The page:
Still, Connie’s inability to bridge that gap with her mother turns her family home into a place where Connie feels like an outsider. This is most clearly illustrated in a scene where Connie comes home in the evening and stands outside the window for a moment, watching her parents and sister play cards through the screen. (The screen door will come into play at the end of the film, when Arnold coerces Connie through that same screen to come outside and into his car.) When Connie finally does go inside, her body language is awkward, with her shoulders curving in and her head bent down. She stands to the side, not fully joining the table, feeling like an outsider in her family.
Inside the family home, her innocence is demanded, but also presumed lost. It’s where Connie feels shame and frustration, brought on by the judgment of her mother and older sister.
From the beginning, the film hints at men as a potential threats, centering those threats mostly around cars and escalating slowly to the film’s climax. As Peter Dickinson notes in his research article on Smooth Talk, the car in this film is a male domain, one that Connie initially seeks out, at one point even expressing a wish to have her own car (perhaps as a wish of her own sexual autonomy). It’s significant that aside from maternal figures, the only people in the film who have cars are young men, and those men use their cars to drive young women somewhere for sexual encounters.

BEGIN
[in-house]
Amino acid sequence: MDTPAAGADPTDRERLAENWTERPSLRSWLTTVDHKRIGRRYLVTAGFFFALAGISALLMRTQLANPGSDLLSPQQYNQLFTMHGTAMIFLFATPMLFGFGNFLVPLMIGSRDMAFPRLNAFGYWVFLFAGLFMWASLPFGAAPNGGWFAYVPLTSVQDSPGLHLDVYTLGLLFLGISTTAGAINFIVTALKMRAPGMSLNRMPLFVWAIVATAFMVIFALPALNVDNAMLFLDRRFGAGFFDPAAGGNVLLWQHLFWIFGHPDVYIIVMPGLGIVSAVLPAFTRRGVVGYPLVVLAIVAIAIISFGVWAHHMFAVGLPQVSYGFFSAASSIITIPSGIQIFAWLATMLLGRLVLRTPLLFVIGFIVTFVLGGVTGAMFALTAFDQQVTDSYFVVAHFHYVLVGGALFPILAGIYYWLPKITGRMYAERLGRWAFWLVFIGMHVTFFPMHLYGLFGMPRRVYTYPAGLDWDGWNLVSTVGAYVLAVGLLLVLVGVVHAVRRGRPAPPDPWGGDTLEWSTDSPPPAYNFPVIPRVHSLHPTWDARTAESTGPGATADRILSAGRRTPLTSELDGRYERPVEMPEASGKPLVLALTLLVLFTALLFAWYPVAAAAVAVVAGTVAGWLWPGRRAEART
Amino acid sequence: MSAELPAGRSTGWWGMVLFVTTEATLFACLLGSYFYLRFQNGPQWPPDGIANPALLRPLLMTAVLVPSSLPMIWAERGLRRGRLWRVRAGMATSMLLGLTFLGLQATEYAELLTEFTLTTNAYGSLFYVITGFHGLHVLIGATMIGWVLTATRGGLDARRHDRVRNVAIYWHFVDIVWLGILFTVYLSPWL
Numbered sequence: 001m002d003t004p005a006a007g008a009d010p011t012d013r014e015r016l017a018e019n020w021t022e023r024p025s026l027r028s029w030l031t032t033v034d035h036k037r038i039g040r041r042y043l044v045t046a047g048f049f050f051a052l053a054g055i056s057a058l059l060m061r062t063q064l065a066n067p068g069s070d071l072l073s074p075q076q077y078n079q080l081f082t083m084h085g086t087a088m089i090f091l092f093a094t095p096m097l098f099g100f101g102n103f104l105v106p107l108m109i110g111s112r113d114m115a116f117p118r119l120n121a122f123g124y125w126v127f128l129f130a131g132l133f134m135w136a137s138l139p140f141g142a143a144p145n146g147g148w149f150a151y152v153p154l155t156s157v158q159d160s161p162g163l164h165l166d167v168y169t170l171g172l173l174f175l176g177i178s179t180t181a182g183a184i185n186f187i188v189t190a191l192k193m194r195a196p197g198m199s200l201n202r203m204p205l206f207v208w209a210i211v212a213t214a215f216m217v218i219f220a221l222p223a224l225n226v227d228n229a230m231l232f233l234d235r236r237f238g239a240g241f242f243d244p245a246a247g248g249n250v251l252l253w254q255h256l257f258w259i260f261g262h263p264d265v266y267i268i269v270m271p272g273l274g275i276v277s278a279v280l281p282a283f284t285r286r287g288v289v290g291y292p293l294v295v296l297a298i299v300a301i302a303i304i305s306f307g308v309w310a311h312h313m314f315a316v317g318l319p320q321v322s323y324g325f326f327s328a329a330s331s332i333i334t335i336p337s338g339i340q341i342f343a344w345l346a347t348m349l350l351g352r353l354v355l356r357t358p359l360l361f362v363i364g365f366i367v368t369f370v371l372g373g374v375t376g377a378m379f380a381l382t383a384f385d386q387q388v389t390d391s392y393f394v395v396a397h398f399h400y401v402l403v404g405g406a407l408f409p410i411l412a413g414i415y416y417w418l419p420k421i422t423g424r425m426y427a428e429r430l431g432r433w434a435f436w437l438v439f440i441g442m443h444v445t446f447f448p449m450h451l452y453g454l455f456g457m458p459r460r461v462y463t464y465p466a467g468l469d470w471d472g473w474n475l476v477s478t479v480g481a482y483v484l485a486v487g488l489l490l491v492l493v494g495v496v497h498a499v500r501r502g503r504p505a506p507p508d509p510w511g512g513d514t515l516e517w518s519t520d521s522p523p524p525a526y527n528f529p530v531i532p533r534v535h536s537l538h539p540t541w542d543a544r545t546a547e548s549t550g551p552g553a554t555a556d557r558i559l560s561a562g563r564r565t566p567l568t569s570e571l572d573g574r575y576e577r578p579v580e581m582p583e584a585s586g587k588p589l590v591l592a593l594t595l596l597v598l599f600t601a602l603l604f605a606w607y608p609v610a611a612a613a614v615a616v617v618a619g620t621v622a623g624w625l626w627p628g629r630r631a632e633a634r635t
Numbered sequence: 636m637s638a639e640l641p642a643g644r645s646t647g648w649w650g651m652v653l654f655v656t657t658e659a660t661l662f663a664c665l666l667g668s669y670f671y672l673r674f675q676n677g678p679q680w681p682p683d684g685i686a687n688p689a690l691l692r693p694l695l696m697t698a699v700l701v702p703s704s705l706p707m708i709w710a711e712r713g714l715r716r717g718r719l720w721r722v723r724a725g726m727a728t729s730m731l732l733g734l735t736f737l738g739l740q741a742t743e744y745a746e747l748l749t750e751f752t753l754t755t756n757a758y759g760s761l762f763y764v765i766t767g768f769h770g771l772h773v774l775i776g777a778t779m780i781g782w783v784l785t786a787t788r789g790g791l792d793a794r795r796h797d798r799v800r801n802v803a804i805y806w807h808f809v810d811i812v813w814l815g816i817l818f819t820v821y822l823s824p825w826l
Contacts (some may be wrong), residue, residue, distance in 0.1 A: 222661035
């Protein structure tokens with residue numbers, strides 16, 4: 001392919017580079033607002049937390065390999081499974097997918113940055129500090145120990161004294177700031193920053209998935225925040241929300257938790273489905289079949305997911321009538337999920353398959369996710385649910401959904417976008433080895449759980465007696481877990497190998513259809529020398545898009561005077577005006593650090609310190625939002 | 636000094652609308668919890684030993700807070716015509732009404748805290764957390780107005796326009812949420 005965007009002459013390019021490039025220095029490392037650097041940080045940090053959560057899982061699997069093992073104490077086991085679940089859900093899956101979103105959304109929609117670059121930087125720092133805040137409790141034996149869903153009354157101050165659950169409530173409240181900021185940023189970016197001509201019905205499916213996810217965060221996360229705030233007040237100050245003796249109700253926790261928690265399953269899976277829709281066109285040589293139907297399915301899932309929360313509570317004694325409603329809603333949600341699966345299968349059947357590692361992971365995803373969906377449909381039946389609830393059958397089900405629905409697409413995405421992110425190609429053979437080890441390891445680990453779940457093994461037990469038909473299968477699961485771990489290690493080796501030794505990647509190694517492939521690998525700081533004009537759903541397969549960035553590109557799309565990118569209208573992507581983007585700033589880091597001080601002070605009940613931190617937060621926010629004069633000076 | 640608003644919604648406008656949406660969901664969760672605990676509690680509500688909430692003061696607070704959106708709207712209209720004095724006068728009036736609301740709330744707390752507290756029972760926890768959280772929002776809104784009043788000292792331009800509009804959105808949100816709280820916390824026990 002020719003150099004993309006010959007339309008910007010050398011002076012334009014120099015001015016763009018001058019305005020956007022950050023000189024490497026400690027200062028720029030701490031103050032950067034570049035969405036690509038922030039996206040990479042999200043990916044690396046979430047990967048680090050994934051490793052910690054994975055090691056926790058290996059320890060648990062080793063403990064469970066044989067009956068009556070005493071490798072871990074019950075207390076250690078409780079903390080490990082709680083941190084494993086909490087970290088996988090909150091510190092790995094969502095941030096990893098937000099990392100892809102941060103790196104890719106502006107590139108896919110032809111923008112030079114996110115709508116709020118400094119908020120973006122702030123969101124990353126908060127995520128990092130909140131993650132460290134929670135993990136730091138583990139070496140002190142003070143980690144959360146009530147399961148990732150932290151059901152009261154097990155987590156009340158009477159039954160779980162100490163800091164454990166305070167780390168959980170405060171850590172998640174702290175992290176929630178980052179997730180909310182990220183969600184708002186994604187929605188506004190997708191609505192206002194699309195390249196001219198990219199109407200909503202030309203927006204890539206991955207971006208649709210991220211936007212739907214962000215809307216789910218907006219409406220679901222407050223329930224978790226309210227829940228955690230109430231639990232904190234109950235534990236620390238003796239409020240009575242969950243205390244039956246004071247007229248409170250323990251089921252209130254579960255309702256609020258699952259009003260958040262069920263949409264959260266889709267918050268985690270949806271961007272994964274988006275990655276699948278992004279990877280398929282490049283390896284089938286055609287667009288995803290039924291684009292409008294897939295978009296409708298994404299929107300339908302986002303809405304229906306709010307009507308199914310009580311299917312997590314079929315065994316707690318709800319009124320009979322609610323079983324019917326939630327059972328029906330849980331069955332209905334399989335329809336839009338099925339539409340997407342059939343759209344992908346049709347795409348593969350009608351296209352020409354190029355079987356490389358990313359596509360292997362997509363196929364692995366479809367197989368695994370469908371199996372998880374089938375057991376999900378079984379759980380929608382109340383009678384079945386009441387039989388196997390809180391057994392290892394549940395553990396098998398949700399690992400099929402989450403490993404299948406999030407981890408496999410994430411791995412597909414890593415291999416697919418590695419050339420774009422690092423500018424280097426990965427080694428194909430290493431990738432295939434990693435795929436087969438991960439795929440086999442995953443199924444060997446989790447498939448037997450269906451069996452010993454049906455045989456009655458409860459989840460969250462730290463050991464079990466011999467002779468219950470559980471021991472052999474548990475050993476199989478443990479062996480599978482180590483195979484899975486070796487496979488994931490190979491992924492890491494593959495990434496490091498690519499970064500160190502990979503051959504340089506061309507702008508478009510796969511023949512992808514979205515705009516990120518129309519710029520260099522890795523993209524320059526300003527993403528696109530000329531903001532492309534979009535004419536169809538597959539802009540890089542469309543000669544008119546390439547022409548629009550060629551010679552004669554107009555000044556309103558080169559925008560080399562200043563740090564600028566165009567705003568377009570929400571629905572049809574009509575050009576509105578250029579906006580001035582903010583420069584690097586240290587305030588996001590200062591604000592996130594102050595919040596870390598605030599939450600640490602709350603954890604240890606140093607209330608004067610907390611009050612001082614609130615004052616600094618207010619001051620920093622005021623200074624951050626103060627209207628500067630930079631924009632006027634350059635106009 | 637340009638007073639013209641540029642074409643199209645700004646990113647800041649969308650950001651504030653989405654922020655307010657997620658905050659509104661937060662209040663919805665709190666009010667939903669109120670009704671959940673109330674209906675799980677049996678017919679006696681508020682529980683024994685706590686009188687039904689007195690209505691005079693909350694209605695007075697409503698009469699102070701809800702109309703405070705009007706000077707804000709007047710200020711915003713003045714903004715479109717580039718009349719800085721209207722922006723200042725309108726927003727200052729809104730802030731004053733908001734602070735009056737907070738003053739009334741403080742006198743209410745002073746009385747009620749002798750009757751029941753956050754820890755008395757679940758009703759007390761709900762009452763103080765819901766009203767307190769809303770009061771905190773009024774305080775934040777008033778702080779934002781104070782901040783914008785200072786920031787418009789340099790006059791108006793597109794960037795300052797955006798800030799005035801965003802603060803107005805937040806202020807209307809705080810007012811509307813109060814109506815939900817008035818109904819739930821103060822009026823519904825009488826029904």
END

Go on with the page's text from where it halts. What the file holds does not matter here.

At first, this is exciting for Connie. Walking back to where a parent is picking them up, the three girls pass by Frank’s, a diner where young people park their cars and hang out. Connie and Laura find Frank’s enticing. It has older boys, couples making out, and represents an adult world that they’re on the verge of entering. They make a plan to go there together, and at first, it’s great, at least from Connie’s perspective. The first man Connie takes a ride with — Jeff — is dreamy. He drives her up to lookout over the city, and Connie returns glowing from the experience.